I was rather surprised to see this interview in Physics World with Dr. Richard Muller (h/t to Bishop Hill) with this praise.
“If Watts hadn’t done his work, we would not have reliable data today. The fact that he did that means he’s a hero; he deserves some sort of international prize.”
Thanks for the kind words Dr. Muller, but I don’t think that will happen.
Here’s the full quote plus some other interesting things:
Muller also had four specific concerns with the scientific consensus on global warming, which the BEST project was designed to address. The first – and most serious, he says – is the “stations issue”, referring to a problem highlighted by controversial US blogger and former TV meteorologist Anthony Watts. In 2007 Watts initiated the Surfacestations.org project, which reported that 70% of temperature recording stations in the US were inaccurate to a level of 2–5°C. MulIer says that the BEST team has now cleared up this issue by showing that when it comes to specifically measuring change in temperature, the 30% of good stations are not significantly more accurate than the 70% of bad stations. “If Watts hadn’t done his work, we would not have reliable data today. The fact that he did that means he’s a hero; he deserves some sort of international prize.”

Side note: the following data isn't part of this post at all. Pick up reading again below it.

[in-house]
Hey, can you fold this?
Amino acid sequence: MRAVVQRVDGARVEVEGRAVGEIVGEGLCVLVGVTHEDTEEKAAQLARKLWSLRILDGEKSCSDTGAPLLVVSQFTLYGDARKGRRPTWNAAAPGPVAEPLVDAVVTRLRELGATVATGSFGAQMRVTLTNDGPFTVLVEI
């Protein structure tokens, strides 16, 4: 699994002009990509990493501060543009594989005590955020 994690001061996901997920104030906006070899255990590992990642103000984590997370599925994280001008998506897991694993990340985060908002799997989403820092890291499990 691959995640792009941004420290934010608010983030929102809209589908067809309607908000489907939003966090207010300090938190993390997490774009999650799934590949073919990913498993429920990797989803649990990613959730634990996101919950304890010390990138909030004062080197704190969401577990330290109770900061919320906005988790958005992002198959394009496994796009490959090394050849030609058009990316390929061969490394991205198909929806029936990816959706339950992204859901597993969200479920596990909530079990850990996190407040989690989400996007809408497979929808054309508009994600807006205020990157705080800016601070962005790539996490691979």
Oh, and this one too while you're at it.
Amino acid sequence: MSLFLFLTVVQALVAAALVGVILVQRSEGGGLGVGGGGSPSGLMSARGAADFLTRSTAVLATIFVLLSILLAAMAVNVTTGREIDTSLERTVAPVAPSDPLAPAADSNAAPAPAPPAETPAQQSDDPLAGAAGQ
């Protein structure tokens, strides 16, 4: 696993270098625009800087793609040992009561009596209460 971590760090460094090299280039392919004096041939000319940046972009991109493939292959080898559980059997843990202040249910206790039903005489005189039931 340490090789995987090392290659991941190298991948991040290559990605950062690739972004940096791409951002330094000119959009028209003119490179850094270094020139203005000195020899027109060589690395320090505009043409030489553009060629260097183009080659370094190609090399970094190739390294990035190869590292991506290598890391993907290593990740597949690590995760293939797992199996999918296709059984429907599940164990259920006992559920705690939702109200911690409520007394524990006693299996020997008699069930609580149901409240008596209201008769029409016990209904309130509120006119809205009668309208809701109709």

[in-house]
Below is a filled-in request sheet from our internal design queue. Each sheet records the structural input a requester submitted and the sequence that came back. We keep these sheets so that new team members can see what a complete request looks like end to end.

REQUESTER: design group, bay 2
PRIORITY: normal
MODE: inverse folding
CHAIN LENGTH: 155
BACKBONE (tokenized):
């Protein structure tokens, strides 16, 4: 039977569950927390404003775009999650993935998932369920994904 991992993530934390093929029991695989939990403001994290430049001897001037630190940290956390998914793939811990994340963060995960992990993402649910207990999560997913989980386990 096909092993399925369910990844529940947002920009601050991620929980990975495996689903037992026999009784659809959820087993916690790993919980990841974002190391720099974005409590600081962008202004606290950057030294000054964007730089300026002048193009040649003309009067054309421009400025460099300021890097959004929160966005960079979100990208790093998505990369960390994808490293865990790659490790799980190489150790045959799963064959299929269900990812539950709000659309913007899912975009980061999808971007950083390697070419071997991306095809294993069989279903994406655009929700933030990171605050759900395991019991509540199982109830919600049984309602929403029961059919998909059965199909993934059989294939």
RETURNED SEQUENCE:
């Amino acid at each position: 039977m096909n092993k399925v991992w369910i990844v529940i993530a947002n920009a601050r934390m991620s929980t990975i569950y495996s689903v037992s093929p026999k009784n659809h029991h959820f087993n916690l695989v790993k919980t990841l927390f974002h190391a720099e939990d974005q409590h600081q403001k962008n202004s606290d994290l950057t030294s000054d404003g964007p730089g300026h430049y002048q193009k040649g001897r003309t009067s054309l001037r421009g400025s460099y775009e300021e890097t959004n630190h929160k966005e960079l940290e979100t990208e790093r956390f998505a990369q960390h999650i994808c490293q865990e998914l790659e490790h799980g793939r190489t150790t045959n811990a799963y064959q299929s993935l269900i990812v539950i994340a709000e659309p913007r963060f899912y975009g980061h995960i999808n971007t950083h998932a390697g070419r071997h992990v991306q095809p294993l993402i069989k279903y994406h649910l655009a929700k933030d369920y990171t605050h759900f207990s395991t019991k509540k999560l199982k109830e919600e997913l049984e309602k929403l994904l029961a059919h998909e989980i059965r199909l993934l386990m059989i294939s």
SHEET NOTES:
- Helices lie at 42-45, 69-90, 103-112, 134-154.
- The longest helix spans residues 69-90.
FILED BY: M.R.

The other concerns are as follows:
The second concern Muller refers to i. the “data selection” employed by the three major groups collecting global temperature data: NASA; the National Oceanic and Atmospheric Administration in the US; and the Met Office’s Hadley Centre in the UK. Muller says that the number of stations being used between 1980 and the present day has dropped from 6000 to less than 2000, with no explanation to be found anywhere in the literature. The third issue is that rapid urbanization in the regions surrounding temperature stations might have led to localized temperature increases, or what is known as the “urban heat island” effect. The fourth concern, which Muller calls “data correction”, refers to the small adjustments that the climate groups make to temperature readings as a result of changes in instruments and locations. Muller says the records describing why individual corrections have been made are very poor.
I emailed Professor Muller tonight, thanking him for the kind words. It was our first email exchange in months. He maintains that he has an open mind on the issues of surface data, and if new data is presented to him, he’ll re-evaluate.